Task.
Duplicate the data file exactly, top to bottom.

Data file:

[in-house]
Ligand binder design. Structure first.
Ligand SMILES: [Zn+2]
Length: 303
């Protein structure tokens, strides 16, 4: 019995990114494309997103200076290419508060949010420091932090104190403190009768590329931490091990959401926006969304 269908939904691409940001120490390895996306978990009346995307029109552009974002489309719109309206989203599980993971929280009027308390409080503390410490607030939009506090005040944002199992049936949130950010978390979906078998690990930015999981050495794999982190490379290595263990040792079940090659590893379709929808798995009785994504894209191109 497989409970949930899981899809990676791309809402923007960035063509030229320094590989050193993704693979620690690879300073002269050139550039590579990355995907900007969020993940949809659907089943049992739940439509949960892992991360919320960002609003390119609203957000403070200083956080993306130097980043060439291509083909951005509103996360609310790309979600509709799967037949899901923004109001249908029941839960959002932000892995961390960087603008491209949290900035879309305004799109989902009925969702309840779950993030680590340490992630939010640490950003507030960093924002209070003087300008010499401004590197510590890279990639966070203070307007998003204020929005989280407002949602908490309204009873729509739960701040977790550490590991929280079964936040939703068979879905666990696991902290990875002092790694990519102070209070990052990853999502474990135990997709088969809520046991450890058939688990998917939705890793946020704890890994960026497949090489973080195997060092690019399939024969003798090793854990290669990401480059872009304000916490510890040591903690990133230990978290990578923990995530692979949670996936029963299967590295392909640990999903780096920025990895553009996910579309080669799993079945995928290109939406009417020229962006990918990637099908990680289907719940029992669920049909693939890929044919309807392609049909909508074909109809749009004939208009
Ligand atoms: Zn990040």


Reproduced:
[in-house]
Ligand binder design. Structure first.
Ligand SMILES: [Zn+2]
Length: 303
């Protein structure tokens, strides 16, 4: 019995990114494309997103200076290419508060949010420091932090104190403190009768590329931490091990959401926006969304 269908939904691409940001120490390895996306978990009346995307029109552009974002489309719109309206989203599980993971929280009027308390409080503390410490607030939009506090005040944002199992049936949130950010978390979906078998690990930015999981050495794999982190490379290595263990040792079940090659590893379709929808798995009785994504894209191109 497989409970949930899981899809990676791309809402923007960035063509030229320094590989050193993704693979620690690879300073002269050139550039590579990355995907900007969020993940949809659907089943049992739940439509949960892992991360919320960002609003390119609203957000403070200083956080993306130097980043060439291509083909951005509103996360609310790309979600509709799967037949899901923004109001249908029941839960959002932000892995961390960087603008491209949290900035879309305004799109989902009925969702309840779950993030680590340490992630939010640490950003507030960093924002209070003087300008010499401004590197510590890279990639966070203070307007998003204020929005989280407002949602908490309204009873729509739960701040977790550490590991929280079964936040939703068979879905666990696991902290990875002092790694990519102070209070990052990853999502474990135990997709088969809520046991450890058939688990998917939705890793946020704890890994960026497949090489973080195997060092690019399939024969003798090793854990290669990401480059872009304000916490510890040591903690990133230990978290990578923990995530692979949670996936029963299967590295392909640990999903780096920025990895553009996910579309080669799993079945995928290109939406009417020229962006990918990637099908990680289907719940029992669920049909693939890929044919309807392609049909909508074909109809749009004939208009
Ligand atoms: Zn990040």